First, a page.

Open Minds by Ulrica Hydman-Vallien
Swedish Art - Tradition and Renewal
Due to its position on the map, Scandinavia was for a long time somewhat isolated from mainstream European culture. Since a vivid cultural exchange did not take place, folk art motifs and traditional handicraft have instead influenced the development of modern design. Scandinavian 20th century design has gained a good reputation and is exported to countries all over the world.
A characteristic feature of the Swedish arts scene is the large number of art associations (about 1800). Most of them are formed by art-loving employees at companies or institutions. The members of such an association may visit art galleries or museums together and the associations sometimes acquire works of art directly from the artists to be used as prizes in lotteries.
Design and ArchitectureForeign art experts often find Swedish design very functional, and no wonder, since Sweden was one of the strongholds of the Functional movement. Its breakthrough can be dated back to the Stockholm Exhibition in 1930, which was conceived by architect Gunnar Asplund and 'the ideologist' Gregor Paulsson. Asplund´s very simple but still sophisticated architecture received much attention abroad at that time. One of his creations is the District Court House in Sölvesborg, which became a source of inspiration to European and American architects.
The ideas if the Functionalist movement can still be found in the profile of the IKEA company. It produces cheap furniture and household goods of a simple design, which still has a lot of charm and personal touch about it.
Tiled StovesTiled stoves are not only decorative, but in the old days they offered a more economical way of heating a house than an open fireplace. The production of tiled stoves in Sweden was resumed in 1980 at the Gustavsberg porcelain factory.
WoodcarvingsSince a large part of Sweden is forested there is plenty of material for woodcarvings. In the province of Dalarna this old tradition has become a tourist industry, the most famous product of which is the gaudily painted Dalecarlian horse.
GlassThe number of glassworks have declined over the years, but there are still a number of them producing high-quality art glassware as well as glass for everyday use. Kosta and Orrefors, for instance, are famous for their crystal vases and glasses. They are both situated in what is called "The Glass Kindom", an area in the south-east of the Småland province.
PaintingMost Swedish painters with an international reputation were active in the late 19th and early 20th centuries. Among the most renowned artists from this period are Anders Zorn, Carl Larsson and Bruno Liljefors. Many of their works can be found in Swedish art museums.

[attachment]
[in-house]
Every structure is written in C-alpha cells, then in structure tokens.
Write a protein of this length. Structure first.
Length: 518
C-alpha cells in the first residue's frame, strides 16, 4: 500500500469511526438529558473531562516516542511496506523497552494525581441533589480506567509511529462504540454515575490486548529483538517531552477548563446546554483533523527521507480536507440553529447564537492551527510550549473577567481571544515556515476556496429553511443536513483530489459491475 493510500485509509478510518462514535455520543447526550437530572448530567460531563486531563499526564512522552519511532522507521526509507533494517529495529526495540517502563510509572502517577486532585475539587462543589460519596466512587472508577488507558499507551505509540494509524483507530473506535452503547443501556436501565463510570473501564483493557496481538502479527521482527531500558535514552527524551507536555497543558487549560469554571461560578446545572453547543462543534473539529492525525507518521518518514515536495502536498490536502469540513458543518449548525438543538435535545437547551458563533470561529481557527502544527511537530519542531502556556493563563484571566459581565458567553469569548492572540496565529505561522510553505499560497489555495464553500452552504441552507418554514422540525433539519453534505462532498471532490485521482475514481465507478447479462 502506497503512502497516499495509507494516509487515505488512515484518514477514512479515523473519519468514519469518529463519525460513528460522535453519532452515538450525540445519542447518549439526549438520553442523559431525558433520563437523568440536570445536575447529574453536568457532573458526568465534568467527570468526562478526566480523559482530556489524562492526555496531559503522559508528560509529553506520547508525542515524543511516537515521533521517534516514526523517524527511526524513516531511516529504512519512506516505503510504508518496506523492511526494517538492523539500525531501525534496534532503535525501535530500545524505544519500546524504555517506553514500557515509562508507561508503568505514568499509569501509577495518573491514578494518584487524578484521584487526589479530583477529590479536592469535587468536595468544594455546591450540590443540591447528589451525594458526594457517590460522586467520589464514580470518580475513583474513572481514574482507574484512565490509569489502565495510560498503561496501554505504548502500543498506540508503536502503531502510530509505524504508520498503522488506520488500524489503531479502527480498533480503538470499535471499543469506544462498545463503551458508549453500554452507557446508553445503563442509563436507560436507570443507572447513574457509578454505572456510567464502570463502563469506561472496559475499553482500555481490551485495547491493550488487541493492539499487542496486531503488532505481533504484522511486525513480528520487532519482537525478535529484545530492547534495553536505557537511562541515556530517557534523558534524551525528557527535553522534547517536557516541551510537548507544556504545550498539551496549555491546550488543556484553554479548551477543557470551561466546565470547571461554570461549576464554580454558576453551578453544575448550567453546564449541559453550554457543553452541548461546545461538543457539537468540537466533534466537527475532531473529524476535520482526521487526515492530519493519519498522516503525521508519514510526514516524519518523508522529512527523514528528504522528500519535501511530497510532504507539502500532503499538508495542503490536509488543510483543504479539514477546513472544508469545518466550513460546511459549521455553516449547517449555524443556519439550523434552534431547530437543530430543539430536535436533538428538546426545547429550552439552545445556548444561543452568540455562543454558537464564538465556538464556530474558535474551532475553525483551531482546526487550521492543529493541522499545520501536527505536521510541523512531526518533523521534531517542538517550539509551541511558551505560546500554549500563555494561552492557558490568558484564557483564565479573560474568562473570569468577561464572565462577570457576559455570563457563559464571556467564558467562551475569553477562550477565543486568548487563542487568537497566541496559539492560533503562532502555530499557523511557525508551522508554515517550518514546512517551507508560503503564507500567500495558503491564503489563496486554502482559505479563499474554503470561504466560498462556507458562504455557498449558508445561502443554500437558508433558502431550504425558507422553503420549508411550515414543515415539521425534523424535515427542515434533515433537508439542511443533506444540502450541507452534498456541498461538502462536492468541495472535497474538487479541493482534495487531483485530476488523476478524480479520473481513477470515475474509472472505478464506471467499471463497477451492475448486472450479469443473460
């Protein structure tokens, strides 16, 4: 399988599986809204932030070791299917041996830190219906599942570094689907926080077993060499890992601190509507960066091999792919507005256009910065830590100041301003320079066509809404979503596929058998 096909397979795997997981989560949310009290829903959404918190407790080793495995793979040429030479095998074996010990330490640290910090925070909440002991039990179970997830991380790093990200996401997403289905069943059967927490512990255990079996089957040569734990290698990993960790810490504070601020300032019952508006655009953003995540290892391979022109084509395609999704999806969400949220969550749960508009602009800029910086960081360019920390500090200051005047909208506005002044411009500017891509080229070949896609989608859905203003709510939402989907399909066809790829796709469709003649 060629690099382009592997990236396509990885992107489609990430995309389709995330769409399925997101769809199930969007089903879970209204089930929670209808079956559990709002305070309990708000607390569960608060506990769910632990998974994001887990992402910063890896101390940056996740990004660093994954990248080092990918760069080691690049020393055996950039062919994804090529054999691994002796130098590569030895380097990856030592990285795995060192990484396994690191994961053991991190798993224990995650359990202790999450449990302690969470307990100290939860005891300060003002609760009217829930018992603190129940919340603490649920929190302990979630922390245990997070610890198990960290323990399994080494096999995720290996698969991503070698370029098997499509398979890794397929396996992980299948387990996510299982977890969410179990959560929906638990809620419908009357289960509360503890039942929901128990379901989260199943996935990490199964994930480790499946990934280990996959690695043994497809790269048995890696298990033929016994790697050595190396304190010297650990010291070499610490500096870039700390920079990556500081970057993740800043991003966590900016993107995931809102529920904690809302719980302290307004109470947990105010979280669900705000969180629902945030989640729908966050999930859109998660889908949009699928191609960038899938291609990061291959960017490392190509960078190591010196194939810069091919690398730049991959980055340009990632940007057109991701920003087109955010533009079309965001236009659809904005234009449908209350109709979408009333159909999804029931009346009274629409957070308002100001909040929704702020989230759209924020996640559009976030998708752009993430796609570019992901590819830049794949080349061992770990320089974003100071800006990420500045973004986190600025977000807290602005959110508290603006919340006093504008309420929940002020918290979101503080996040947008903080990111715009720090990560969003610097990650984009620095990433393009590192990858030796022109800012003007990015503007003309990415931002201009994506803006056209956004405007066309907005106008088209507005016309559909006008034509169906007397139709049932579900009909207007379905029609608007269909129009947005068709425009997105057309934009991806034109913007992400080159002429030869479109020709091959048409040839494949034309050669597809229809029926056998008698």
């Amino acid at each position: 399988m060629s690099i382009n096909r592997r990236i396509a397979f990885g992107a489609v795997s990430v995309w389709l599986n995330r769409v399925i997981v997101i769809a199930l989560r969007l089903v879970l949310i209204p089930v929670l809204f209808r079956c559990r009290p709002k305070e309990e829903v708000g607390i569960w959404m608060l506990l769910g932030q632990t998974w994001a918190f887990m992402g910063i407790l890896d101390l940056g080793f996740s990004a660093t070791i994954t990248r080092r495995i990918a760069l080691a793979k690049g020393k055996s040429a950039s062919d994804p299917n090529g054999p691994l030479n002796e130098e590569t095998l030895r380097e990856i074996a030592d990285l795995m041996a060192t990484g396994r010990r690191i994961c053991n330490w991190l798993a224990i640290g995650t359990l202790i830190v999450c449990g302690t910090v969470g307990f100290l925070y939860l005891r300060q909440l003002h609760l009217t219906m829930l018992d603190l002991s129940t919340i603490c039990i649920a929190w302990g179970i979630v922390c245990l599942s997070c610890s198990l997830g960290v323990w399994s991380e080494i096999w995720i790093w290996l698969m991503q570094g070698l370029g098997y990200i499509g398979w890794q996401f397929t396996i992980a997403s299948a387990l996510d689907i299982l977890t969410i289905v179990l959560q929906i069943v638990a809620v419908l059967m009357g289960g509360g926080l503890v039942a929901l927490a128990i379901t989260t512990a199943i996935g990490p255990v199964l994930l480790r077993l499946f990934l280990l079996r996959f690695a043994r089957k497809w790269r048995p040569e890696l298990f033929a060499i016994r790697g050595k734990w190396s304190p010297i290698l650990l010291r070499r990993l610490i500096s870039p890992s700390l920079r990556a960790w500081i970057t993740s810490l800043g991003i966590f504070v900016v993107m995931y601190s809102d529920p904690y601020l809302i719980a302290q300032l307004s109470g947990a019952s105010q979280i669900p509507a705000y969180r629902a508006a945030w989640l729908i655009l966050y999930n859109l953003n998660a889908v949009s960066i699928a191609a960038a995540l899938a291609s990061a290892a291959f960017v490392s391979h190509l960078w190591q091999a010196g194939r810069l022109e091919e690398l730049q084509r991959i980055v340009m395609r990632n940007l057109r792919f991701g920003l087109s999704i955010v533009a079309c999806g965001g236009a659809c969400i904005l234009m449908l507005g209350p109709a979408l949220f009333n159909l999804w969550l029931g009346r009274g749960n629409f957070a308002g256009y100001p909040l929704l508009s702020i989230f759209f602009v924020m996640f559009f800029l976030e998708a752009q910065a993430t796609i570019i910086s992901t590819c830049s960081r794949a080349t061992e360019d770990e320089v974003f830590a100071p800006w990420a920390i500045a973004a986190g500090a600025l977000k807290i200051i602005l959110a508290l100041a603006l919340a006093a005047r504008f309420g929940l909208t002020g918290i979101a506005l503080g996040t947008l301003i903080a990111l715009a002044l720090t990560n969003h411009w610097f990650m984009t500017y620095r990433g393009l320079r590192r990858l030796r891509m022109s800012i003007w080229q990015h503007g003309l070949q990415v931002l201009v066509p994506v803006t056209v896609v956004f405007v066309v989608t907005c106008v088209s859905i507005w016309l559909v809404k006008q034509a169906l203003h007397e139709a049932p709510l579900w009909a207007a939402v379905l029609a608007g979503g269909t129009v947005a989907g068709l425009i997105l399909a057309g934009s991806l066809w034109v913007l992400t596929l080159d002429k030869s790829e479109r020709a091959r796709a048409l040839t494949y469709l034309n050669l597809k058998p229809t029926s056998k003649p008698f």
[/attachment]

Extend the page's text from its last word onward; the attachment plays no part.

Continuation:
At the Gothenburg Art Museum you will find works by Carl Larsson and Gustaf Cederström are exhibited. The latter working primarily with historical motifs ("The carrying home of the corpse of king Charles XII" from1883-84; a copy of this painting made by the artist can be found at the National Museum in Stockholm). In Gothenburg there are also the Röhsska Art and Crafts Museum and the Furstenberg Art Museum.
In Stockholm the Thiel Gallery shows paintings by Zorn, Larsson and Liljefors. Another Stockholm museum with an interesting history is Waldemarsudde. The building with its garden was a bequest to the Swedish government from Prince Eugen ("the Painter Prince"), brother of King Gustav V.
Liljevalches Gallery in Stockholm is largely devoted to contemporary art, and their traditional spring exhibitions can be recommended. Gallery Olsson (in the Östermalm district) shows oil-paintings by Zorn and Larsson.
Carl MillesCarl Milles (1875-1955) is Sweden´s internationally best known sculptor. His summer-house with a studio can be found in Lidingö (outside Stockholm). It is now a museum.
Millesgården, phone 08-446 75 90
Anders ZornAnders Zorn (1860-1920), is one of Swedens foremost artists. Zorn is famous for his sensual nude paintings and his lively depictions of local peasant culture. Today his paintings can be seen at the Mora Museum, and his home and studio are open to the public.
Zorn Museum, Mora. Open all year, phone 0250-165 60
Carl LarssonCarl Larsson (1853-1919) paintings are often portraits of his home and family, and his work is largely a celebration of idyllic family life.With his beautiful water colours, he gained popularity both at home and abroad. At the artist's home in Sundborn, you will recognise the wonderful environment painted by Carl Larsson and created by his wife, Karin. Thanks to this he has also had an influence on Swedish home furnishing during the 20th century.
Carl Larsson's House.Guided tours, phone: 023-600 53
Bruno Mattson (1907-88)Bruno Mathsson's father was a cabinet-maker and it was a matter of course that the young Bruno would follow in his father's footsteps. His breakthrough came in 1936 with an exhibition at the Röhsska Museum in Göteborg. Here are, among other things, his famous chairs. He participated in the world exhibition in Paris in 1937 and in New York in 1939. After this, he achieved an impressive international reputation as a experimental designer. He also worked as a architect and he often drew houses and buildings with many glass-windows, for example the exhibition hall of glass in Kosta, in Småland (1954). He loved the sun and the light and a few kilometres north of Halmstad in Halland, one of his own houses is to be seen. Since 1978 the furniture factory DUX makes his classical furniture, for example the "relaxing-chair" Pernilla and the "working-chair" Eva.
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